The New Warriors found themselves at odds with these variants on Marvel’s heroic super-team, and looked to be soundly beaten before Wolverine – in this world, known as ‘Commander Logan’ – intervened. He managed to kick up enough trouble to let his teammates pass by, but when facing the full brunt of Horus’s staff (a playful replacement of Thor’s hammer) he had all the flesh contained in the bast burned off of his skeleton. It’s a style of attack we’ve seen plenty, but Iron Man’s inspection of Logan’s skeleton makes this one worth remembering.
1. Killed By Self – Vampire-Killing Spell
When It Happened: What If…? #24 (1991)
The other stories of this ilk mentioned in our list pale in comparison to the infamous epic, “What if Wolverine Had Become the Lord of Vampires?” First of all: yes, the X-Men did do battle with Dracula himself in Central Park, defeating him in time to bring Storm back to the land of the living. But in this “what if” story, Storm was turned earlier, rising as a true vampire, and unleashing a wave of vampire bites and compulsions that turned most of the Marvel hero roster into blood-sucking vampires. Wolverine, however, was already more in-tune with his animal side than most – meaning he gave the story’s villain, Dracula, a run for his money.
Defeating him, drinking his blood, and claiming the title of ‘Lord of the Vampires’ for himself, Wolverine eventually ordered his forces to take out Dr. Strange (the mystic most likely to defeat him). The mission worked, but Strange’s famous Cloak of Levitation sought out Frank Castle to bring justice to its fallen owner, and The Punisher headed into the vampire headquarters, guns blazing. Frank’s recklessness eventually saw him slice off Kitty Pryde’s head by accident, driving Wolverine into a frenzy, murdering Frank instantly. But try as he might, he couldn’t convince himself that the heartbreak wasn’t his fault for starting the madness in the first place.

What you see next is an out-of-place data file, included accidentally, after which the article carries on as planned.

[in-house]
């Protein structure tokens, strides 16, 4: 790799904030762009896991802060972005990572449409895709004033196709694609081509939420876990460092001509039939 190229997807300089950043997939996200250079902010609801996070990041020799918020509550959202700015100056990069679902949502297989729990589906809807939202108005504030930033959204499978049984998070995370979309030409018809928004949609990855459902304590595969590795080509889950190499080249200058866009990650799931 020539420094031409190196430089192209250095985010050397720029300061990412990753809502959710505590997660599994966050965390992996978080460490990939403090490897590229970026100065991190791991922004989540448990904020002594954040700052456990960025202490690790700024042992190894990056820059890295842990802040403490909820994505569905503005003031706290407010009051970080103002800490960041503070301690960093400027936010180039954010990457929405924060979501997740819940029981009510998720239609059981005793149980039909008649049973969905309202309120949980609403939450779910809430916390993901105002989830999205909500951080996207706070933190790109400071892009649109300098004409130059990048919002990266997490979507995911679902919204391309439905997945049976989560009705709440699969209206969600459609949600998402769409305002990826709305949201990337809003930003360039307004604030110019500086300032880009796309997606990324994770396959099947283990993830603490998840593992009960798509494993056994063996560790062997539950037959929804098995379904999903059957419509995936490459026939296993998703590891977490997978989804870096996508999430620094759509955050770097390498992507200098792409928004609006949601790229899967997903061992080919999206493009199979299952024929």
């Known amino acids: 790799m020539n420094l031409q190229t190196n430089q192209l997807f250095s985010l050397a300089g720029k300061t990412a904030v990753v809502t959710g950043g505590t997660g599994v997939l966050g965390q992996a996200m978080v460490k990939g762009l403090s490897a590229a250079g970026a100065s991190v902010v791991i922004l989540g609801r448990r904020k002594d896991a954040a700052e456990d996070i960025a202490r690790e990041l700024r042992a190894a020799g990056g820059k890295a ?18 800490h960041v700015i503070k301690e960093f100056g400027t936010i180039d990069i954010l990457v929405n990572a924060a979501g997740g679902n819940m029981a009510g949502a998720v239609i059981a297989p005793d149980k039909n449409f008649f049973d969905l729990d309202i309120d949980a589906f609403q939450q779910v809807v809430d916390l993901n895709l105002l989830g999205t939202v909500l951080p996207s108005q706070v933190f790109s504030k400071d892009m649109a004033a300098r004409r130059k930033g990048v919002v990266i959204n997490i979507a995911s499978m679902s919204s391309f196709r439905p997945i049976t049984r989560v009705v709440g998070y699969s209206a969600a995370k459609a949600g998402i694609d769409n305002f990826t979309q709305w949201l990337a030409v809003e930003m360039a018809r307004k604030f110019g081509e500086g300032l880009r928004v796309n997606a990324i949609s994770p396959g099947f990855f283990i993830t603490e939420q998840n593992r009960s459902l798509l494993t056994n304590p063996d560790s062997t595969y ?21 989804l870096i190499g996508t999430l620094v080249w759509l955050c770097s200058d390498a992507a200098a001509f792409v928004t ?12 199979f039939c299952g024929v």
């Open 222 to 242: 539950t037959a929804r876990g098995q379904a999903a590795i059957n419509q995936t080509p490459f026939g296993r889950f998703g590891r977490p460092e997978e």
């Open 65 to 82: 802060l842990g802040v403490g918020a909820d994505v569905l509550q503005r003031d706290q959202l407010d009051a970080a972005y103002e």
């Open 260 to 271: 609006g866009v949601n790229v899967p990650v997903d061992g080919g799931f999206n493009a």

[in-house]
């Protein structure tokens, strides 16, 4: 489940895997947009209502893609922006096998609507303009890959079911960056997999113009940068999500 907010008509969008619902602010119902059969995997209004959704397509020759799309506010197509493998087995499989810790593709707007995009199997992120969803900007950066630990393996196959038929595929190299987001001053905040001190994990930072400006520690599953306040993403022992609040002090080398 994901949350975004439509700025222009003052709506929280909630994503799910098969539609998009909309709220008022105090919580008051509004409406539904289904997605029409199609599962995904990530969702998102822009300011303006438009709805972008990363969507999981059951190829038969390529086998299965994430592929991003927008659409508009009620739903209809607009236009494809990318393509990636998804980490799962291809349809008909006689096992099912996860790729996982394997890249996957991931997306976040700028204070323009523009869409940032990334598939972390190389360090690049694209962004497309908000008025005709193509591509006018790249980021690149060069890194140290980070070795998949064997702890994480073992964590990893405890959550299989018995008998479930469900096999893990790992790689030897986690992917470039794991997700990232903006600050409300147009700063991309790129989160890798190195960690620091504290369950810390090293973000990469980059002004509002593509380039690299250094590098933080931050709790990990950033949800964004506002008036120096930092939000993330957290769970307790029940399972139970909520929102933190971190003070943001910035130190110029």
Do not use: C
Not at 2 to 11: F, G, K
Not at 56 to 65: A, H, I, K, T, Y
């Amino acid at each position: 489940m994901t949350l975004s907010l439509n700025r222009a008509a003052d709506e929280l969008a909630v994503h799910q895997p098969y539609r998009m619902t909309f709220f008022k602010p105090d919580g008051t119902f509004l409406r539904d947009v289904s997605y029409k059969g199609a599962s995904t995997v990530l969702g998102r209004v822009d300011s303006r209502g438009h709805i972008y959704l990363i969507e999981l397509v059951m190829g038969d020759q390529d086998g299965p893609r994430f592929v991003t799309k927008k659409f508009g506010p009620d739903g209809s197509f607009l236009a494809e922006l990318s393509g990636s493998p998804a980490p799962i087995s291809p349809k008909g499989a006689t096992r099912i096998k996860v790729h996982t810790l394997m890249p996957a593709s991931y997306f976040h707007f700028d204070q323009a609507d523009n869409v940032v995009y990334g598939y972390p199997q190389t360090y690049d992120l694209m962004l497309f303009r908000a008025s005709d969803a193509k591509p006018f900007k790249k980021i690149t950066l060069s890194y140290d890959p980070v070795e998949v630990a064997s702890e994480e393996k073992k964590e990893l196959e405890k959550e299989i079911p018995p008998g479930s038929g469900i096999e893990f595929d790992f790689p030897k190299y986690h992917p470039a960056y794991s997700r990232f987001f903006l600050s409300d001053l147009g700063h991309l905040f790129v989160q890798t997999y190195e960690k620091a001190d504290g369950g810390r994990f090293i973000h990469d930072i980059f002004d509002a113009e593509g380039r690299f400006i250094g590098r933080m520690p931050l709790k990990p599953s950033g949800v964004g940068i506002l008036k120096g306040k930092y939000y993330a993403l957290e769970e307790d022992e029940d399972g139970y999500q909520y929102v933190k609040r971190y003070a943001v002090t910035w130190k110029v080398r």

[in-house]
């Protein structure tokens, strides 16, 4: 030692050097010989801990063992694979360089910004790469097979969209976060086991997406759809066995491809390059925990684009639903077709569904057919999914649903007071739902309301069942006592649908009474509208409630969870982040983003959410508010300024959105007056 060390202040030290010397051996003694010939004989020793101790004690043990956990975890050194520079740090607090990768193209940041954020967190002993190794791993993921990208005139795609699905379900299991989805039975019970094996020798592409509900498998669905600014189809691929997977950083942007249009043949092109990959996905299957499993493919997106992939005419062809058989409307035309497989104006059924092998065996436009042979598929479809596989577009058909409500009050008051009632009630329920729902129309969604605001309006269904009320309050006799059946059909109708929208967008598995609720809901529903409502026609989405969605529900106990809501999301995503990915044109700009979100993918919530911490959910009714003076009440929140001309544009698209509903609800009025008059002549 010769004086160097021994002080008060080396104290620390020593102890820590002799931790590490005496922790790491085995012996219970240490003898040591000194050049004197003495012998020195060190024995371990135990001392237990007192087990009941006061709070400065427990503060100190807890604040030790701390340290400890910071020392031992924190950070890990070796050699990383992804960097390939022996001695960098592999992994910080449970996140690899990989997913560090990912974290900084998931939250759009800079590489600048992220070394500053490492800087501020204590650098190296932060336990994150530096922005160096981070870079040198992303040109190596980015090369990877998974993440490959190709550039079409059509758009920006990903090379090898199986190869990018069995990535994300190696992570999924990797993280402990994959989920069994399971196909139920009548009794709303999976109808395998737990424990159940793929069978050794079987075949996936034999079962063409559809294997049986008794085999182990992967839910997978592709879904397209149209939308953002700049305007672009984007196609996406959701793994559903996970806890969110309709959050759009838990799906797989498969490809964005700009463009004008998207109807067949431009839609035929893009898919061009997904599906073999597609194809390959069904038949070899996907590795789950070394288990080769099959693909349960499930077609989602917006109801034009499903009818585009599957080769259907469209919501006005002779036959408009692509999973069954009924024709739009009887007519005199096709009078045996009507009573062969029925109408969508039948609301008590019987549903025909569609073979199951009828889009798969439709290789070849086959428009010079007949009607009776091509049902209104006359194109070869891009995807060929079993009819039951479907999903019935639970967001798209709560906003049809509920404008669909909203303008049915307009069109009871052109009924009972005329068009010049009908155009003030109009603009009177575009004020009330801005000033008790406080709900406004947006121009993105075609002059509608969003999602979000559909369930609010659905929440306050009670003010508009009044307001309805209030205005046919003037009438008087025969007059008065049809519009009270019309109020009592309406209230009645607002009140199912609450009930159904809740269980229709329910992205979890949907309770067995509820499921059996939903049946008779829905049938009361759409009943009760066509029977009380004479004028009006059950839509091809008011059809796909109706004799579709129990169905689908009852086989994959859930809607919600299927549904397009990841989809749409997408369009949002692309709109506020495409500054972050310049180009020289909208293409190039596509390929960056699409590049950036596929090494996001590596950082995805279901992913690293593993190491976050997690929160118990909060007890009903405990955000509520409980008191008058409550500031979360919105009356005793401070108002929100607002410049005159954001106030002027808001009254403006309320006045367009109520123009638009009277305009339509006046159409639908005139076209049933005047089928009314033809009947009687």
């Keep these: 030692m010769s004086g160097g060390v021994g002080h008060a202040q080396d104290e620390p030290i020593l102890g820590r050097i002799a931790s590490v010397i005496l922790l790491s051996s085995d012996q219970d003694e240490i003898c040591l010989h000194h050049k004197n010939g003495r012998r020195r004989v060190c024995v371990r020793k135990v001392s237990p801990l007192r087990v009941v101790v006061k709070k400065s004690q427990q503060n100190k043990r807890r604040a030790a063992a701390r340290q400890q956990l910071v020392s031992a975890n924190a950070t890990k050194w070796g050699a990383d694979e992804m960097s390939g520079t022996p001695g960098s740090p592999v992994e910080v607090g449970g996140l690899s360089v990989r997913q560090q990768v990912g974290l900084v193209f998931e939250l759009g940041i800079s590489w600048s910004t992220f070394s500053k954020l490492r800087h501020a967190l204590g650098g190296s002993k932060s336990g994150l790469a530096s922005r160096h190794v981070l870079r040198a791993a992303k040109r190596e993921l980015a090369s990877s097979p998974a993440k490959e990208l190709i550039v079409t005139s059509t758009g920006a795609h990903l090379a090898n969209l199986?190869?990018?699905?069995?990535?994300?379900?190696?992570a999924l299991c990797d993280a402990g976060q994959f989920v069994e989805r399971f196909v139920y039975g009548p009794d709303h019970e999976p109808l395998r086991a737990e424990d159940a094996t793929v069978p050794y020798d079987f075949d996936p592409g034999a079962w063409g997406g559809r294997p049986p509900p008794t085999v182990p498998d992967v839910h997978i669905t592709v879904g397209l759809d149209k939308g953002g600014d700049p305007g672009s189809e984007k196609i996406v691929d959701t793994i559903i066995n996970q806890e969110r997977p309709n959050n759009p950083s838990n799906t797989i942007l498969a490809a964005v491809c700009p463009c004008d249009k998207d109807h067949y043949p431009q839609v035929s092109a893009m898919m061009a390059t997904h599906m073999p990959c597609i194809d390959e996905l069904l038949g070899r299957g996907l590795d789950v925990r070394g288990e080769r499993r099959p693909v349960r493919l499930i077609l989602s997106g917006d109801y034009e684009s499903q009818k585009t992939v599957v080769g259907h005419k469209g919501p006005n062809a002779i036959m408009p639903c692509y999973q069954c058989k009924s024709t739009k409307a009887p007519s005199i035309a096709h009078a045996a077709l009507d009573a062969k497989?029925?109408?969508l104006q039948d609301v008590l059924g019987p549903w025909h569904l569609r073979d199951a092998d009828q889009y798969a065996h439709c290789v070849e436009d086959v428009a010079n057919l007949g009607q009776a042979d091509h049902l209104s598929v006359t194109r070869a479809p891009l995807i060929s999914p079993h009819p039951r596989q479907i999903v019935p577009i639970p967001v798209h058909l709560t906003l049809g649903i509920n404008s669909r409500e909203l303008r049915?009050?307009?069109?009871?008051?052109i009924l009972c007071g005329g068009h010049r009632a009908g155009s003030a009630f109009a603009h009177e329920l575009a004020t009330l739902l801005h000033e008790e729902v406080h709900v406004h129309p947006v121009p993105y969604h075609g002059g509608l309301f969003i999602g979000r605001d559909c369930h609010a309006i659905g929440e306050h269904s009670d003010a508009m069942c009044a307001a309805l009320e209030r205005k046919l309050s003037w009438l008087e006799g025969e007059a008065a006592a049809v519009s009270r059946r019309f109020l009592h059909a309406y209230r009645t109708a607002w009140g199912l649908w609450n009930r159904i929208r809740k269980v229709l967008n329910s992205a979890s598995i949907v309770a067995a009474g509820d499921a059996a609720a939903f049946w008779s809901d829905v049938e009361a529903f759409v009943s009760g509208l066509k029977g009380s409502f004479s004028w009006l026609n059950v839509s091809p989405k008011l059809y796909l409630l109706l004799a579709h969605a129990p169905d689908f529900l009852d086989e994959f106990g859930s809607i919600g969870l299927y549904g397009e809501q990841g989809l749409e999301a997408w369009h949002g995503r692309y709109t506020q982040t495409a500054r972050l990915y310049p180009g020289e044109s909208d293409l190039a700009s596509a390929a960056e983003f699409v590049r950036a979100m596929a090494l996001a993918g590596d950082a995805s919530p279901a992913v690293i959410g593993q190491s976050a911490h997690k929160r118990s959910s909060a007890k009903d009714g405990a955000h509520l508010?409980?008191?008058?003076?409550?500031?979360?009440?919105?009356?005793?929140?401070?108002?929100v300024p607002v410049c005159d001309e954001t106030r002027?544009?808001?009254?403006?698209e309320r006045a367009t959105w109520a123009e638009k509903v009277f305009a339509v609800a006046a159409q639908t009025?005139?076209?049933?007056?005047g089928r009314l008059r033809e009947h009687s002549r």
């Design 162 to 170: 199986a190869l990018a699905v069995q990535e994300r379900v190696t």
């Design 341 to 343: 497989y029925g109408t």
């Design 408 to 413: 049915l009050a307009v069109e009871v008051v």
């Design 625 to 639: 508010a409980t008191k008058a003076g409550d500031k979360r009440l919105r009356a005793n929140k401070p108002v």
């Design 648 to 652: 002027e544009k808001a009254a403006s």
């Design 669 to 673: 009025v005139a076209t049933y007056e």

Cracking open a spellbook, Wolverine read aloud the incantations to turn the remaining vampires to dust, himself included. Now THAT’s a story we want to see on film!
Are there any comic book deaths of Wolverine that you think deserve to be given some extra credit? Let us know in the comments!
Header Artwork by Dave Wilkins